It was suggested by one of our supporters and sympathizers that we could sell our premises and rent them back again. By these means we would receive a big cash influx, which would enable us to repay our bank overdraft and still leave a considerable balance that could be invested. The income from this would enable us to pay the rent, and there would still be a considerable amount available for routine expenses. Our supporter guaranteed that we would always enjoy a larger income from this investment than we would expend on the rent and other disbursements.

I asked the Rebbe for advice and guidance.

Sukkot with the Rebbe

It was a beautiful, hot, summer-like day when we left Manchester for New York. We were dressed for the part, in lightweight suits and clothes. I carried the traditional "four species" of Sukkot.

We were all enjoying a very pleasant flight until the captain announced over the loudspeakers that it was actually snowing in New York, and the temperature was minus two! I did not relish the idea of reciting the blessing over the etrog in the snow.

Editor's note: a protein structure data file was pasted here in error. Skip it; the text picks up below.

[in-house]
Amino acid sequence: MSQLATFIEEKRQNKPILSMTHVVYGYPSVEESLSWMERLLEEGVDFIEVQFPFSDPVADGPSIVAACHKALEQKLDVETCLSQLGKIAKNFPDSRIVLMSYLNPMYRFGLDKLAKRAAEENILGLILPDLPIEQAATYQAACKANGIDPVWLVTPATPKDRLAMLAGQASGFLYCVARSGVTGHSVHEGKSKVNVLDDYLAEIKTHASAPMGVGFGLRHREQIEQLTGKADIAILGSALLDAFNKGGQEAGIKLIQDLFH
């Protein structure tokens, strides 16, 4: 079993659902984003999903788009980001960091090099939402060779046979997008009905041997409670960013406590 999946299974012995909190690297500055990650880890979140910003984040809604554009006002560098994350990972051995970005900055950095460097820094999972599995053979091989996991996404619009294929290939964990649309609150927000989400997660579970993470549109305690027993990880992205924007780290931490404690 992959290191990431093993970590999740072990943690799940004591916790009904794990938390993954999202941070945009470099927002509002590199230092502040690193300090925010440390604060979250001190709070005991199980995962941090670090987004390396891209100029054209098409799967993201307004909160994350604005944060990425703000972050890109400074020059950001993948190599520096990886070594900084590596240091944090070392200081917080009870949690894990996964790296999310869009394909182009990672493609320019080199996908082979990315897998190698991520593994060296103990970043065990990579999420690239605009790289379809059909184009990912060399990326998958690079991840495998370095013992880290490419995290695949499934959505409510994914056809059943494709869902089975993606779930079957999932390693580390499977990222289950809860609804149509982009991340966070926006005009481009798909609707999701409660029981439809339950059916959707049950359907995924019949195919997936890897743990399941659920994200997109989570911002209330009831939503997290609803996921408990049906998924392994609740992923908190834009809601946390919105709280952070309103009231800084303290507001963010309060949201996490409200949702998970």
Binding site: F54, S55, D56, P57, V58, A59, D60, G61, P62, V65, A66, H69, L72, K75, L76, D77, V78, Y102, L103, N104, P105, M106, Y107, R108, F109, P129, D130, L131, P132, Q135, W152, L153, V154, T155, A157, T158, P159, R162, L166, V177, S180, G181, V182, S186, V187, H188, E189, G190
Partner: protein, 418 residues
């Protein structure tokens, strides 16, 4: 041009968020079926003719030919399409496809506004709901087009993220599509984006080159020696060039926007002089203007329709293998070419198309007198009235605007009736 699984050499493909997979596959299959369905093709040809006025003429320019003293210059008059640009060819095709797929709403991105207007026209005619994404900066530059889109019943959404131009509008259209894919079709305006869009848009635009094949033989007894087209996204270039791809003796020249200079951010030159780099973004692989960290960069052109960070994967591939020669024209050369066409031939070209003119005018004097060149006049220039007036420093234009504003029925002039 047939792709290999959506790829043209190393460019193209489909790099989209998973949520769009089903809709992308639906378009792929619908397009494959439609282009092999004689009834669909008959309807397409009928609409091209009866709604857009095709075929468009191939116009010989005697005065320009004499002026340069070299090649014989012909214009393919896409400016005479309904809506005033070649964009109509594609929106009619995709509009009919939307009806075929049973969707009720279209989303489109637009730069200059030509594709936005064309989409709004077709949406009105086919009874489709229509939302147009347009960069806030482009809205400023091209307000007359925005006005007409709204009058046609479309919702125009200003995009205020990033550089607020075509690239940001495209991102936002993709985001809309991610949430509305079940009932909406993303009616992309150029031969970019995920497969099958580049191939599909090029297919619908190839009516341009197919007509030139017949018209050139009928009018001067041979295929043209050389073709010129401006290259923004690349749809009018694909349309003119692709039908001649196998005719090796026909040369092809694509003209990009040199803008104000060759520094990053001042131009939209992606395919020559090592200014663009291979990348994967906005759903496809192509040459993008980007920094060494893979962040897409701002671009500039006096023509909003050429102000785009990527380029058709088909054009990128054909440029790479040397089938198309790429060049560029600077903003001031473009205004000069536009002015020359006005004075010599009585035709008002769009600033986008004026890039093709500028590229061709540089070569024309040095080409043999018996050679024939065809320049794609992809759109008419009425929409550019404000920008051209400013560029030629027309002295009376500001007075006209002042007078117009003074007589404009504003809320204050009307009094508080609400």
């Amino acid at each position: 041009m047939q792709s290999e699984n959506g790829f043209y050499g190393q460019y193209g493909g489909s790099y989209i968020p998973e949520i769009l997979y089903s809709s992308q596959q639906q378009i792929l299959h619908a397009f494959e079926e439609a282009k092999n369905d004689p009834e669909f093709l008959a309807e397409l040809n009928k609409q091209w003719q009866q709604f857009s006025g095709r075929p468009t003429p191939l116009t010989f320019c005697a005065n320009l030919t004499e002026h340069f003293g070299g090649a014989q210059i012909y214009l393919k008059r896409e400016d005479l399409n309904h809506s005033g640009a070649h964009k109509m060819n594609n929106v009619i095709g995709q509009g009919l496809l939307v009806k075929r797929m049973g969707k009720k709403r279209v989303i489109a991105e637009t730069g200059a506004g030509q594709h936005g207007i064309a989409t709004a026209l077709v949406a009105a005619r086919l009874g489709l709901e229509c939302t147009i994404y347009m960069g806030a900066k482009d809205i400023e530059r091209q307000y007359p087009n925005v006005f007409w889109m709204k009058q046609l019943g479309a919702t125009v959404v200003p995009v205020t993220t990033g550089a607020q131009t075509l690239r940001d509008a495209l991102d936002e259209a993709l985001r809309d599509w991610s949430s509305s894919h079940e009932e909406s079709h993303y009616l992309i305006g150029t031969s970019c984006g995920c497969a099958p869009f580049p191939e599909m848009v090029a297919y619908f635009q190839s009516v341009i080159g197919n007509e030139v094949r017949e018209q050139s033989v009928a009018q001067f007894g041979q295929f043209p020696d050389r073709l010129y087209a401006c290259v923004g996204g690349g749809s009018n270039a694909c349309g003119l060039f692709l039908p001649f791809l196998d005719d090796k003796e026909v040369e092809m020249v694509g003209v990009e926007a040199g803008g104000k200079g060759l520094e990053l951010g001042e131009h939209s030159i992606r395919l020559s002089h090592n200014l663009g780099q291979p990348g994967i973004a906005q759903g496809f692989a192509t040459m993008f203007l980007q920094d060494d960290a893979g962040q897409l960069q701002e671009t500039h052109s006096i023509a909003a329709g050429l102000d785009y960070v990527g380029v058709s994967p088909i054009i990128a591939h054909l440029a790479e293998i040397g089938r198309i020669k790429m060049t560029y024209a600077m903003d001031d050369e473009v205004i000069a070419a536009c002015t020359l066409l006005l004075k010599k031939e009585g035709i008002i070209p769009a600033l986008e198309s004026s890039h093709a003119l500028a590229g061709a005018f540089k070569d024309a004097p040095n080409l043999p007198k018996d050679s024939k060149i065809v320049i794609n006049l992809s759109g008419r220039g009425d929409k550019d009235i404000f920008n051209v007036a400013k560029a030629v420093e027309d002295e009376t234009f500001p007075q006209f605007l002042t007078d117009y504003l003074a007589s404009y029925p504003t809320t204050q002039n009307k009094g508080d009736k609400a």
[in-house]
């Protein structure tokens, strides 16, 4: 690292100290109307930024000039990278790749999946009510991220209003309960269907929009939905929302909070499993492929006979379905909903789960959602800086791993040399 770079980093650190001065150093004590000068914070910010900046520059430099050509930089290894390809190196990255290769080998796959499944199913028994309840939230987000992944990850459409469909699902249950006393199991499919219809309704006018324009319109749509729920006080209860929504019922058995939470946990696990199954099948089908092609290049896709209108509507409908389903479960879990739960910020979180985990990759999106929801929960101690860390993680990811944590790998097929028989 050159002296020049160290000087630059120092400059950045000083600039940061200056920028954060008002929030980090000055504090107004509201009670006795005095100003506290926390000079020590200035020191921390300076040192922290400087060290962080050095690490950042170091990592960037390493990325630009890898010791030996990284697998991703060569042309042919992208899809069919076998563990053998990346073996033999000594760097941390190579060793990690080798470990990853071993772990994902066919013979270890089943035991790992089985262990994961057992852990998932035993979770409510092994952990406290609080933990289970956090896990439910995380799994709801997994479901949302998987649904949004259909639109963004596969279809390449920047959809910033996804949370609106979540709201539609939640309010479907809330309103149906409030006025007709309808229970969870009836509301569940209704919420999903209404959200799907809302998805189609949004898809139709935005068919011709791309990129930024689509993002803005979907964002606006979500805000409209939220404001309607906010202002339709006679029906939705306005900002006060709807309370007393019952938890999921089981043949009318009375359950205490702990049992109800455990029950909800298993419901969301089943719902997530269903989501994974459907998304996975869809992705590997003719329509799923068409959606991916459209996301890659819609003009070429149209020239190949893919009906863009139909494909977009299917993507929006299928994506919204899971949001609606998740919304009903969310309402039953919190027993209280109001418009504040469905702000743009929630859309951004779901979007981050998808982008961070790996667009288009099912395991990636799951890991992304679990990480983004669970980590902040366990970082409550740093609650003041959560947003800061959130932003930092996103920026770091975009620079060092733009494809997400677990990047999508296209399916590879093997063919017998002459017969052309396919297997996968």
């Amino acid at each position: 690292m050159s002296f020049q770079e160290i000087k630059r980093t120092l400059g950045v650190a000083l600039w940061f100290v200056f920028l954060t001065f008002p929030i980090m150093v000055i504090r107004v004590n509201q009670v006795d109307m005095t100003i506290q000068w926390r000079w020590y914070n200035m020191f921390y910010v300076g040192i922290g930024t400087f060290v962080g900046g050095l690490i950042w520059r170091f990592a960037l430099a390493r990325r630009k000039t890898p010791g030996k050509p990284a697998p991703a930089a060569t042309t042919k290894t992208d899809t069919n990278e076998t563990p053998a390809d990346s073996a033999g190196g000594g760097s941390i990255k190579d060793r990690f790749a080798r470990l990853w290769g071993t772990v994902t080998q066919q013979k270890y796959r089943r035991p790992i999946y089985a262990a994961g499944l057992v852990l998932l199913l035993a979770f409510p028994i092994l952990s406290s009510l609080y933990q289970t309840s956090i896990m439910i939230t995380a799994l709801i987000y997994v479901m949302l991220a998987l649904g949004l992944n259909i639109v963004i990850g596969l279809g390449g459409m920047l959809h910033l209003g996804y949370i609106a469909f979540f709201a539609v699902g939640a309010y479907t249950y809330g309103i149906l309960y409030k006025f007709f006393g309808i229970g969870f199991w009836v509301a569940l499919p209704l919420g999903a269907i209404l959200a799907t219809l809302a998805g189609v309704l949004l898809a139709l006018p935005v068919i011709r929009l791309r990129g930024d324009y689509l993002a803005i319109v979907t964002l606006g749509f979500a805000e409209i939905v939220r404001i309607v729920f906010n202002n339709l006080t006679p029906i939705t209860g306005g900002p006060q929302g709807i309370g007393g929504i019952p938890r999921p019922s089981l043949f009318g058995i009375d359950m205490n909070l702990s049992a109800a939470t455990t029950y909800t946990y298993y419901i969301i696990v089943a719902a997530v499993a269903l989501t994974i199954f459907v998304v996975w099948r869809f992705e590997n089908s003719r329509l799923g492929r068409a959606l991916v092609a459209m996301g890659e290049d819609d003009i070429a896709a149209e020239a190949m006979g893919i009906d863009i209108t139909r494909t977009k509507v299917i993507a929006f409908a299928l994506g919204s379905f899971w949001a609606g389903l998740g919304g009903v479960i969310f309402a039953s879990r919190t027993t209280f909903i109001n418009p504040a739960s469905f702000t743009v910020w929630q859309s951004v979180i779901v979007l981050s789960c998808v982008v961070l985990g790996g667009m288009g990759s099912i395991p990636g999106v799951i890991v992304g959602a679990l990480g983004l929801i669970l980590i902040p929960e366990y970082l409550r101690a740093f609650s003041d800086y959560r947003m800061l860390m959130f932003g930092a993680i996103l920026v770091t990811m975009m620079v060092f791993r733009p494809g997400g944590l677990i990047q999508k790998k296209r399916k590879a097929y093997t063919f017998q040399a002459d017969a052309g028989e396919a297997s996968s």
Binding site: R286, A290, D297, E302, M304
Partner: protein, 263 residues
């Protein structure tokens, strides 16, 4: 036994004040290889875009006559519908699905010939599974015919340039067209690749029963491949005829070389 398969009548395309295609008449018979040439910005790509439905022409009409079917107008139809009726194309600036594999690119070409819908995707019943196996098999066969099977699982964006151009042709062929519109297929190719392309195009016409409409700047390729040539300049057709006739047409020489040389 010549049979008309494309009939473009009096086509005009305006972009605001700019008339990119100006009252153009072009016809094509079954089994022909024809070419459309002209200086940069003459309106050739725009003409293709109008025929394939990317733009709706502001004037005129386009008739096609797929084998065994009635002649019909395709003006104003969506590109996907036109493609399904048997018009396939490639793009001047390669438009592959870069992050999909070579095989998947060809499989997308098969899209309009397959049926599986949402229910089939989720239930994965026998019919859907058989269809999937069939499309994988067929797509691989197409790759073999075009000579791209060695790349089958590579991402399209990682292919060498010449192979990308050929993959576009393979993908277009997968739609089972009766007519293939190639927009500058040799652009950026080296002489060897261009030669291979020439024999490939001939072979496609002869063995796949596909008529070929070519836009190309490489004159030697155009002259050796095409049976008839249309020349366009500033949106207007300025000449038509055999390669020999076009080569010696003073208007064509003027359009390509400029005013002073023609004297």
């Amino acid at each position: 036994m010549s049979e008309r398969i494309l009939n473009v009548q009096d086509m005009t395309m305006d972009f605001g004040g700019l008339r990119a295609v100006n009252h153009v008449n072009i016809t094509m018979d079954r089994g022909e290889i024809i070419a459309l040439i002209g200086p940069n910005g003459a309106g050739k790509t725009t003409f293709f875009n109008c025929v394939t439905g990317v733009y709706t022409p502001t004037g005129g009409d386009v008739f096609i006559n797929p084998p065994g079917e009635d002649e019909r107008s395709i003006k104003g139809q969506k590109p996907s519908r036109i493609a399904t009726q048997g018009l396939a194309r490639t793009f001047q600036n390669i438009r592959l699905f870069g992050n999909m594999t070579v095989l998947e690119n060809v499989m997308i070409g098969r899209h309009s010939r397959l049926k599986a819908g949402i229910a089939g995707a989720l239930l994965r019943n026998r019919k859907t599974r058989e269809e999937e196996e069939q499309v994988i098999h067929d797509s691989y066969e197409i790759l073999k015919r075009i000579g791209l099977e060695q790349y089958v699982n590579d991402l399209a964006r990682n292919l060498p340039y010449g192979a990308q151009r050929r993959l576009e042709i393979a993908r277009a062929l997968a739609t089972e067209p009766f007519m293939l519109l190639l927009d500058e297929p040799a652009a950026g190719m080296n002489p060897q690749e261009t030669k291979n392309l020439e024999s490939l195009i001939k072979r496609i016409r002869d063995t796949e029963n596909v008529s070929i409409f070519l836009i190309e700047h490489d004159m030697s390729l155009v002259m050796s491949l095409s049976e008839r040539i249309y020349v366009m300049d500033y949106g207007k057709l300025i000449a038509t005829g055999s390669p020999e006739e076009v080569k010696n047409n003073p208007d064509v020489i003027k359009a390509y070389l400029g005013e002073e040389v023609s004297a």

We eventually arrived at 770. The snow had given way to sleet and then settled down to a heavy drizzle of rain. It was most depressing after the lovely hot and sunny weather which we had been enjoying in Manchester.

Meanwhile, the morning service started promptly in the synagogue.

The Rebbe stood in his usual place in the front right-hand corner of the large synagogue. During the entire month of Tishrei, this area, about 20 feet long by 20 feet wide, had been raised to a height of about three feet, and four steps led up to this large raised platform. This ensured that the Rebbe was isolated.

With such huge numbers of people having arrived for the holiday, not doing this would have put the Rebbe in danger of being crushed. More important was the fact that no one was allowed on the platform, so that no one could encroach upon the Rebbe and breathe down his neck.

Everyone was looking after the Rebbe and his health. I do not blame anyone, but some men did take these precautions to absurd limits (more about that later on).

During the morning service, one circuit of the podium is made by all the worshippers, holding their etrogim and lulavim, in procession.

The Rebbe encircles the podium during morning prayers with the Lulav and Etrog
The Rebbe encircles the podium during morning prayers with the Lulav and Etrog